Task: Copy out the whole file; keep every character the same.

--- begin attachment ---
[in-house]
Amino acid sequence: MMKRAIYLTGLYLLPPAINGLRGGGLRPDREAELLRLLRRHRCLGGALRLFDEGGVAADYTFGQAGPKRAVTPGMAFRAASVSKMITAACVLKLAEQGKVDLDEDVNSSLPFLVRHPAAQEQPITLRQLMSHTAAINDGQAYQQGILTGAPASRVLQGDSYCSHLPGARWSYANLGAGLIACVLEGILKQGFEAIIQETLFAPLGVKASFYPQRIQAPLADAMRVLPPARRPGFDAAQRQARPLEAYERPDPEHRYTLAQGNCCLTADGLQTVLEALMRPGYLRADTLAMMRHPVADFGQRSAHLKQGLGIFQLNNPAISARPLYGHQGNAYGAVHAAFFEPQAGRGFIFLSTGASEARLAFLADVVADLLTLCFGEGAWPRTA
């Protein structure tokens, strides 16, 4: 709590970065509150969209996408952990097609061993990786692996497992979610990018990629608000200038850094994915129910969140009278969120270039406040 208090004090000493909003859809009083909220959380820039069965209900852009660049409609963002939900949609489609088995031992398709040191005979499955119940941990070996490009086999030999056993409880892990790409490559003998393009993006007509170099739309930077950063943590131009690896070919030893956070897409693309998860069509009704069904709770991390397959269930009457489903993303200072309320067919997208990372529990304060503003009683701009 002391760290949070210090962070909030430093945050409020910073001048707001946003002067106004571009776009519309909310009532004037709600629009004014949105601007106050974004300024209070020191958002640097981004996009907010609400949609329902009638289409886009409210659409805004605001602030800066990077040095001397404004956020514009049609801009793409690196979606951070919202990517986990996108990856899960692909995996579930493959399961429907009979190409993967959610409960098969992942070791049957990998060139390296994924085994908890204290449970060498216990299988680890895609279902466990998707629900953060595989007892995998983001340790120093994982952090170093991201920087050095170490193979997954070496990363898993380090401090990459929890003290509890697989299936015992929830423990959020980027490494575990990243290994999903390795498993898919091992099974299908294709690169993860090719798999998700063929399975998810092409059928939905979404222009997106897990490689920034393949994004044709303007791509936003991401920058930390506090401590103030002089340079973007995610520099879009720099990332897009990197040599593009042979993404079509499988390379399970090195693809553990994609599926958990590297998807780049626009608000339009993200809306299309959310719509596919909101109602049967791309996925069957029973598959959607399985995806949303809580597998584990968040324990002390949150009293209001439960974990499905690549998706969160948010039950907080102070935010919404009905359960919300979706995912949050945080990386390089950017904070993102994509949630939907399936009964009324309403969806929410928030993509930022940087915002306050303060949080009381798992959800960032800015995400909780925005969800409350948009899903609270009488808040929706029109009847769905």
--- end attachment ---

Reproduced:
[in-house]
Amino acid sequence: MMKRAIYLTGLYLLPPAINGLRGGGLRPDREAELLRLLRRHRCLGGALRLFDEGGVAADYTFGQAGPKRAVTPGMAFRAASVSKMITAACVLKLAEQGKVDLDEDVNSSLPFLVRHPAAQEQPITLRQLMSHTAAINDGQAYQQGILTGAPASRVLQGDSYCSHLPGARWSYANLGAGLIACVLEGILKQGFEAIIQETLFAPLGVKASFYPQRIQAPLADAMRVLPPARRPGFDAAQRQARPLEAYERPDPEHRYTLAQGNCCLTADGLQTVLEALMRPGYLRADTLAMMRHPVADFGQRSAHLKQGLGIFQLNNPAISARPLYGHQGNAYGAVHAAFFEPQAGRGFIFLSTGASEARLAFLADVVADLLTLCFGEGAWPRTA
């Protein structure tokens, strides 16, 4: 709590970065509150969209996408952990097609061993990786692996497992979610990018990629608000200038850094994915129910969140009278969120270039406040 208090004090000493909003859809009083909220959380820039069965209900852009660049409609963002939900949609489609088995031992398709040191005979499955119940941990070996490009086999030999056993409880892990790409490559003998393009993006007509170099739309930077950063943590131009690896070919030893956070897409693309998860069509009704069904709770991390397959269930009457489903993303200072309320067919997208990372529990304060503003009683701009 002391760290949070210090962070909030430093945050409020910073001048707001946003002067106004571009776009519309909310009532004037709600629009004014949105601007106050974004300024209070020191958002640097981004996009907010609400949609329902009638289409886009409210659409805004605001602030800066990077040095001397404004956020514009049609801009793409690196979606951070919202990517986990996108990856899960692909995996579930493959399961429907009979190409993967959610409960098969992942070791049957990998060139390296994924085994908890204290449970060498216990299988680890895609279902466990998707629900953060595989007892995998983001340790120093994982952090170093991201920087050095170490193979997954070496990363898993380090401090990459929890003290509890697989299936015992929830423990959020980027490494575990990243290994999903390795498993898919091992099974299908294709690169993860090719798999998700063929399975998810092409059928939905979404222009997106897990490689920034393949994004044709303007791509936003991401920058930390506090401590103030002089340079973007995610520099879009720099990332897009990197040599593009042979993404079509499988390379399970090195693809553990994609599926958990590297998807780049626009608000339009993200809306299309959310719509596919909101109602049967791309996925069957029973598959959607399985995806949303809580597998584990968040324990002390949150009293209001439960974990499905690549998706969160948010039950907080102070935010919404009905359960919300979706995912949050945080990386390089950017904070993102994509949630939907399936009964009324309403969806929410928030993509930022940087915002306050303060949080009381798992959800960032800015995400909780925005969800409350948009899903609270009488808040929706029109009847769905």